She, in turn, received a vote of confidence from Eric G. Pryor, the executive director of the Center for Arts Education, which has pushed the city to provide more arts education financing.

“With new city leadership committed to equity, and a new chancellor who understands the importance of arts instruction, we now have an excellent opportunity to ensure students receive the well-rounded education promised to them by state law,” he said in a statement.

The De Blasio Coverups Continue Under the Watchful Eyes of Corporation Counsel Zachary Carter

Zachary Carter

By Azi Paybarah 12:18 p.m. | Apr. 11, 2014
De Blasio official on transparency ‘in the abstract,’ and in practice

When Mayor Bill de Blasio was asked last week about his administration's unexplained delays in responding to Freedom of Information Law requests filed by reporters, he said that he was not "a lawyer" but that his staff was following the law.
This morning, the city's top lawyer briefly touched on the issue of transparency, saying that it's not so easy to throw the doors open and let everyone see everything.
“The trick is, I think most of us favor transparency in the abstract until your outbox is being gored,” said the city corporation counsel Zachary Charter. “Obviously we would support anything that, consistent with other important values, increases transparency.”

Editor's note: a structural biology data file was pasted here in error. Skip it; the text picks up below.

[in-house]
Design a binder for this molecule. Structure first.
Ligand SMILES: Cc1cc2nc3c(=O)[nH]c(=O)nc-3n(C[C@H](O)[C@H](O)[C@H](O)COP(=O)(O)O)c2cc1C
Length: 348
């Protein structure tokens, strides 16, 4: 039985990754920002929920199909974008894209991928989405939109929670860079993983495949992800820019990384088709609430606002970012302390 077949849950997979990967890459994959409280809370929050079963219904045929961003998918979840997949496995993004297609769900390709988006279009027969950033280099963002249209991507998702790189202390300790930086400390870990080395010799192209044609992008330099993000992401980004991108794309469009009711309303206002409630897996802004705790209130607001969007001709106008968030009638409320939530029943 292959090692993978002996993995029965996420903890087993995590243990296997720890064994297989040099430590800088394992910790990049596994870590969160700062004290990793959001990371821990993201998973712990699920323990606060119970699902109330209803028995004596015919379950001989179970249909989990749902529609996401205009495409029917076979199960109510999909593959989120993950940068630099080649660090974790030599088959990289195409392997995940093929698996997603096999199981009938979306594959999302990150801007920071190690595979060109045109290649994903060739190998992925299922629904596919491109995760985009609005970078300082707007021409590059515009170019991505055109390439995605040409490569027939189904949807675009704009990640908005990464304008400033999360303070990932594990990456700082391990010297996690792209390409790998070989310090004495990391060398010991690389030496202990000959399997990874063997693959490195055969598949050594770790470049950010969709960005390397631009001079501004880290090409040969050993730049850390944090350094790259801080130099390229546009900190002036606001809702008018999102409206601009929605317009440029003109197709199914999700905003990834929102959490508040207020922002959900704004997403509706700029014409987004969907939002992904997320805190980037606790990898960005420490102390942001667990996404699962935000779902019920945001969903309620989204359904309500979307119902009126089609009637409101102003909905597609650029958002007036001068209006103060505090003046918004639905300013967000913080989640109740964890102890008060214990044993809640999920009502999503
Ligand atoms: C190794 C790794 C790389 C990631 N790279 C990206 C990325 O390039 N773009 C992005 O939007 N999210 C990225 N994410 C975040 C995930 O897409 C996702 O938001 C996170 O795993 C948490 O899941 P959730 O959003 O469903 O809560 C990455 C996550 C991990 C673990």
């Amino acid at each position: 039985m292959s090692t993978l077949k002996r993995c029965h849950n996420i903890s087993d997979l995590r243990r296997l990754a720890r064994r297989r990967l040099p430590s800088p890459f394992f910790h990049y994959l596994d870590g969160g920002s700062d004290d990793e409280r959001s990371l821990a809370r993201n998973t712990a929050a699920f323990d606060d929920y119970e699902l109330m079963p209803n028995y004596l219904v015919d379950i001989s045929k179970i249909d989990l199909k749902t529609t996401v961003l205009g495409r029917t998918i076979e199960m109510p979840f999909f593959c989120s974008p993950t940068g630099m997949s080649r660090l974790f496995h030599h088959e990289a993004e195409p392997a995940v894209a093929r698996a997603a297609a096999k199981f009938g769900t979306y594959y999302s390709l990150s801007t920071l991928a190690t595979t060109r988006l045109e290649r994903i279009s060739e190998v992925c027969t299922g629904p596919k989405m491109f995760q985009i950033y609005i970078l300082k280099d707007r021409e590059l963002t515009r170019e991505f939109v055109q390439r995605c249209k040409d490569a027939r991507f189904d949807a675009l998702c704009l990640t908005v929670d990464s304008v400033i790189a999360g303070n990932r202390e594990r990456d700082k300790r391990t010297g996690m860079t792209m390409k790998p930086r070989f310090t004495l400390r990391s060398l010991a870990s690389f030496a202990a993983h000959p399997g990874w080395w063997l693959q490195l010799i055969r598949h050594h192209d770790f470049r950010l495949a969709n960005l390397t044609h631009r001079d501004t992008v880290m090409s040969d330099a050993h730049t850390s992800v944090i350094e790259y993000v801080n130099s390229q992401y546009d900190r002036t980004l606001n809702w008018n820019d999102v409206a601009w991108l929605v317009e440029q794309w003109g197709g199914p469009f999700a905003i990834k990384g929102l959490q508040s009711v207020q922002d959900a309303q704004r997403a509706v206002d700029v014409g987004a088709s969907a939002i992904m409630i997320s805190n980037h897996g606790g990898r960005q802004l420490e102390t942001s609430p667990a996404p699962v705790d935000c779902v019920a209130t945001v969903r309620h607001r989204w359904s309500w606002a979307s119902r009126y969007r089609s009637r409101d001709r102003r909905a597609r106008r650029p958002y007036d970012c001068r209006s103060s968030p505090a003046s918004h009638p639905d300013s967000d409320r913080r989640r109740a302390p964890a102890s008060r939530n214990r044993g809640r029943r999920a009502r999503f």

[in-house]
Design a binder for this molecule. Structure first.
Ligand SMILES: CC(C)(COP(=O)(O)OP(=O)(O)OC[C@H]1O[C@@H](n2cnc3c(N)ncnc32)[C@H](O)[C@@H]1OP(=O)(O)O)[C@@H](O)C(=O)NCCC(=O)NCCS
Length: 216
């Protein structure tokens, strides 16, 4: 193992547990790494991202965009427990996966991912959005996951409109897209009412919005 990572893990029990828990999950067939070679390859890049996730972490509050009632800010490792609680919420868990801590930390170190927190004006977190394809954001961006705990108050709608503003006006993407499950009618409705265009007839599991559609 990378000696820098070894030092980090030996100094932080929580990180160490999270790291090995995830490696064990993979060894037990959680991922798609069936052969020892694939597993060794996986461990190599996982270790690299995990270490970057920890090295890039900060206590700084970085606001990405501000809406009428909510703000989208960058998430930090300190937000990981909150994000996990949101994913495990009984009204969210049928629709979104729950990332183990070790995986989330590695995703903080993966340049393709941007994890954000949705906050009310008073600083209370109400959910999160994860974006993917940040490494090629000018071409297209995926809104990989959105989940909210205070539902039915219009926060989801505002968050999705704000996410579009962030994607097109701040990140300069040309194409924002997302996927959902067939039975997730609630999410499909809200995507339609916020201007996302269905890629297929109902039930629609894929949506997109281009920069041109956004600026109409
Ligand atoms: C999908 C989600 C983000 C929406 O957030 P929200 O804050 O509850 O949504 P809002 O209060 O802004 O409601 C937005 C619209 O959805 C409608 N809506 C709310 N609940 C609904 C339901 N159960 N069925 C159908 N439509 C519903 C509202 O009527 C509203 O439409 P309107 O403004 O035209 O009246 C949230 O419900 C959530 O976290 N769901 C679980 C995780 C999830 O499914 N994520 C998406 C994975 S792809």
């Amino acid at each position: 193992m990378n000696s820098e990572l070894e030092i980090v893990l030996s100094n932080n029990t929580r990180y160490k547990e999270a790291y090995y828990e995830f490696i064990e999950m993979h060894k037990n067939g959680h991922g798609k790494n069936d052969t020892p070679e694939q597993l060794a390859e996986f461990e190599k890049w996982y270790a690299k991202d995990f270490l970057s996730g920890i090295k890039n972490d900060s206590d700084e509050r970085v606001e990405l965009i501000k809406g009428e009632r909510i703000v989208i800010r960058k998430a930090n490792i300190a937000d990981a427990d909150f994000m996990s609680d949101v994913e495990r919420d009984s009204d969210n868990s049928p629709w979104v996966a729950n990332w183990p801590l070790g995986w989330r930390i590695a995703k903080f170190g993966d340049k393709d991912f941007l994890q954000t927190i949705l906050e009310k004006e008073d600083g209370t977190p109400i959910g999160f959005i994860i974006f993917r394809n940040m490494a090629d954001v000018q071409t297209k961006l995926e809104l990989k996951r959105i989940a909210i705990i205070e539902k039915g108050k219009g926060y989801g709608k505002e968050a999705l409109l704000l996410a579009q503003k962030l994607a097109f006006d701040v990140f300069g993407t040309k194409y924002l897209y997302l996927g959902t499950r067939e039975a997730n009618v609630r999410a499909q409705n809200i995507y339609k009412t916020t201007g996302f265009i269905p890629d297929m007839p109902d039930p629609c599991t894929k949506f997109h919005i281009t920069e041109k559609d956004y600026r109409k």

Carter made the comment in response to a question following a speech at New York Law School. Afterward, Carter told reporters that the issue of transparency is “more complicated because you have to make sure the information that is being disclosed—I think that people who are sincerely committed to transparency can still take into account the impact that it could have an impact on other things we value, like privacy, like the fact that certain kinds of inter-government communications should be confidential in order [to allow] candid conversation among people in government.”
De Blasio’s responsiveness to FOIL requests came under scrutiny following his administration's handling of requests for information related to the arrest and release of one of his supporters earlier this year.
The supporter, Bishop Orlando Findlayter, was arrested Feb. 10 in Brooklyn after police officers spotted him making a left turn without signaling. They later found he was driving with expired insurance and an outstanding warrant which, it turns out, was for failing to show up to court to deal with a civil disobedience arrest at a protest about immigration reform in 2013.